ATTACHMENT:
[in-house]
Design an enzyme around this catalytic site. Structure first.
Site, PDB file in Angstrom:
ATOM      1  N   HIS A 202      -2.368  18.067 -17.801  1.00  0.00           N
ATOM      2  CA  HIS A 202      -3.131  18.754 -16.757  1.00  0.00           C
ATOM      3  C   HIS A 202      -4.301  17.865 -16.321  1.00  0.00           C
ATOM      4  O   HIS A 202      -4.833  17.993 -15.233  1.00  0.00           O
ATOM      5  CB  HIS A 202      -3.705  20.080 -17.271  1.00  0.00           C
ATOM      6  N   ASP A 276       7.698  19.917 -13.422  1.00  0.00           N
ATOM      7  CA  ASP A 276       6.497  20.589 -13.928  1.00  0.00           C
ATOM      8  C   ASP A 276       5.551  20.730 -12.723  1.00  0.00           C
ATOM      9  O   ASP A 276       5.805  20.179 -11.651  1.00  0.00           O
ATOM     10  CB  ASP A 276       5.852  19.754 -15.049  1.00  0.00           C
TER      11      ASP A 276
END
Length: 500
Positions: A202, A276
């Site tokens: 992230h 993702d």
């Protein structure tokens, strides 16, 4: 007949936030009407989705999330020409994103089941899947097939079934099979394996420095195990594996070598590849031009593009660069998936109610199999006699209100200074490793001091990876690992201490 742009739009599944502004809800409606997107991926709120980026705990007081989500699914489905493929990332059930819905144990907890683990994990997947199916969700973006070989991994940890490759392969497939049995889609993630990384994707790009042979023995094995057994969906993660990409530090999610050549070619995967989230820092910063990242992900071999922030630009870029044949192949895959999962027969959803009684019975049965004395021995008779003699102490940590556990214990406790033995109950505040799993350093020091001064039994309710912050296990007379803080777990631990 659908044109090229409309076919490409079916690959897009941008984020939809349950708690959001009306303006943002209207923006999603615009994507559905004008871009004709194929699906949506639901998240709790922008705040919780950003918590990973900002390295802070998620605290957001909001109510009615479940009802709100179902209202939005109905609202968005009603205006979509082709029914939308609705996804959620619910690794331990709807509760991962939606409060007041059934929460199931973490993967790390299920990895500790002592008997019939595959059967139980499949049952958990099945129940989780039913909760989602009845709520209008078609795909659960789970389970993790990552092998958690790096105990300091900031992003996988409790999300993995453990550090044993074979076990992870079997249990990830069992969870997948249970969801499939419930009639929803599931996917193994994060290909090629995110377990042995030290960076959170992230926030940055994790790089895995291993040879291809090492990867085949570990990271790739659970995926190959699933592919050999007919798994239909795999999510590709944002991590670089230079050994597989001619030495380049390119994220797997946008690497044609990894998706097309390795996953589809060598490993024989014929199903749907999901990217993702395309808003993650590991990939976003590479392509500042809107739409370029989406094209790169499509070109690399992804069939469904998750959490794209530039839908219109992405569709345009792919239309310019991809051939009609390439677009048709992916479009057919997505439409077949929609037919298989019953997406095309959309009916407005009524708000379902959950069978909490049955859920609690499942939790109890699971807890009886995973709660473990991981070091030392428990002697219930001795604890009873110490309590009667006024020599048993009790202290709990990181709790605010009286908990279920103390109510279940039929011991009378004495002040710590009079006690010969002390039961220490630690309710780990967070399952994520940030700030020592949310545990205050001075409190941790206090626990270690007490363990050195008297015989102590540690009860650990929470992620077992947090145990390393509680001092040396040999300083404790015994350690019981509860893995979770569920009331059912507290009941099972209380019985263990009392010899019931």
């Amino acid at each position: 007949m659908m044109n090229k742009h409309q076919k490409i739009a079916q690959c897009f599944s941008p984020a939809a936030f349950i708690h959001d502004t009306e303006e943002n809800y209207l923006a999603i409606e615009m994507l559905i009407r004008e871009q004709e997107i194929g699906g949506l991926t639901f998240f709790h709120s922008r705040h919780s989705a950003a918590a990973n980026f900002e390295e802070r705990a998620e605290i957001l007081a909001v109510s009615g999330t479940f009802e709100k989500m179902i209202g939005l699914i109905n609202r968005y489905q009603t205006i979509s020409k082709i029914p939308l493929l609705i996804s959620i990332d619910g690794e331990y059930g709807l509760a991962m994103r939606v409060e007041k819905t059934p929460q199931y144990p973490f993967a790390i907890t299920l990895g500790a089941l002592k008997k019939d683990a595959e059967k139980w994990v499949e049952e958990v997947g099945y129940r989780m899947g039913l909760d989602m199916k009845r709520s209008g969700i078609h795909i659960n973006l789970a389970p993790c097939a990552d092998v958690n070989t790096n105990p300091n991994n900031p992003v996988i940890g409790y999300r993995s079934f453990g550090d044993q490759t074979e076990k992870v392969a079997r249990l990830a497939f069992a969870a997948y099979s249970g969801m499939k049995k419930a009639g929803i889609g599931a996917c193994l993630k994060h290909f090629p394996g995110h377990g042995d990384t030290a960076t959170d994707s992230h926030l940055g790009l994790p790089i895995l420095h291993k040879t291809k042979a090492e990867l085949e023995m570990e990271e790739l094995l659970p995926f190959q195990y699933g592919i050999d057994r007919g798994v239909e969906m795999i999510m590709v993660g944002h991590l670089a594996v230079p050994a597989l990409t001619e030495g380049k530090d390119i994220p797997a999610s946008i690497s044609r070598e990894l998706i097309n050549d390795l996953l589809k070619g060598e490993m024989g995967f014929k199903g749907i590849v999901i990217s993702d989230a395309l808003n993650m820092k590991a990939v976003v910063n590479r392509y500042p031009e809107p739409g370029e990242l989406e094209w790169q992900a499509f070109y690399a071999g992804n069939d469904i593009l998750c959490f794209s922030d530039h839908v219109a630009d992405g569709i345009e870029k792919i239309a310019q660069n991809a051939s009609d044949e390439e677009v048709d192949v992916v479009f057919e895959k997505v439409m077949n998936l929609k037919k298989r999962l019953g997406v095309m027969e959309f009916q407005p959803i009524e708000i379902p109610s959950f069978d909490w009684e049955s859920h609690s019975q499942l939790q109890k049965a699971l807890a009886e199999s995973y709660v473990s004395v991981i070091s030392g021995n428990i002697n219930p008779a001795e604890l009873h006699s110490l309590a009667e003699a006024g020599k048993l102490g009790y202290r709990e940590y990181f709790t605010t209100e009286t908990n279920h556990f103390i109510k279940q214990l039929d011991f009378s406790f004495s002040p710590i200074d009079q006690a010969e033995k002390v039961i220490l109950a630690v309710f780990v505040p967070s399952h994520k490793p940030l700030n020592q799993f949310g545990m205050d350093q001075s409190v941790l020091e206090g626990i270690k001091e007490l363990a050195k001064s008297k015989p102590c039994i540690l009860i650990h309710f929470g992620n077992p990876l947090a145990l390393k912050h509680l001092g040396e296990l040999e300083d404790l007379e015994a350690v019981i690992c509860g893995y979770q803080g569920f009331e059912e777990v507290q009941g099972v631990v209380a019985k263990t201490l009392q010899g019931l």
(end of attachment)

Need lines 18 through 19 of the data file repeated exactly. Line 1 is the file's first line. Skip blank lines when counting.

């Site tokens: 992230h 993702d």
């Protein structure tokens, strides 16, 4: 007949936030009407989705999330020409994103089941899947097939079934099979394996420095195990594996070598590849031009593009660069998936109610199999006699209100200074490793001091990876690992201490 742009739009599944502004809800409606997107991926709120980026705990007081989500699914489905493929990332059930819905144990907890683990994990997947199916969700973006070989991994940890490759392969497939049995889609993630990384994707790009042979023995094995057994969906993660990409530090999610050549070619995967989230820092910063990242992900071999922030630009870029044949192949895959999962027969959803009684019975049965004395021995008779003699102490940590556990214990406790033995109950505040799993350093020091001064039994309710912050296990007379803080777990631990 659908044109090229409309076919490409079916690959897009941008984020939809349950708690959001009306303006943002209207923006999603615009994507559905004008871009004709194929699906949506639901998240709790922008705040919780950003918590990973900002390295802070998620605290957001909001109510009615479940009802709100179902209202939005109905609202968005009603205006979509082709029914939308609705996804959620619910690794331990709807509760991962939606409060007041059934929460199931973490993967790390299920990895500790002592008997019939595959059967139980499949049952958990099945129940989780039913909760989602009845709520209008078609795909659960789970389970993790990552092998958690790096105990300091900031992003996988409790999300993995453990550090044993074979076990992870079997249990990830069992969870997948249970969801499939419930009639929803599931996917193994994060290909090629995110377990042995030290960076959170992230926030940055994790790089895995291993040879291809090492990867085949570990990271790739659970995926190959699933592919050999007919798994239909795999999510590709944002991590670089230079050994597989001619030495380049390119994220797997946008690497044609990894998706097309390795996953589809060598490993024989014929199903749907999901990217993702395309808003993650590991990939976003590479392509500042809107739409370029989406094209790169499509070109690399992804069939469904998750959490794209530039839908219109992405569709345009792919239309310019991809051939009609390439677009048709992916479009057919997505439409077949929609037919298989019953997406095309959309009916407005009524708000379902959950069978909490049955859920609690499942939790109890699971807890009886995973709660473990991981070091030392428990002697219930001795604890009873110490309590009667006024020599048993009790202290709990990181709790605010009286908990279920103390109510279940039929011991009378004495002040710590009079006690010969002390039961220490630690309710780990967070399952994520940030700030020592949310545990205050001075409190941790206090626990270690007490363990050195008297015989102590540690009860650990929470992620077992947090145990390393509680001092040396040999300083404790015994350690019981509860893995979770569920009331059912507290009941099972209380019985263990009392010899019931």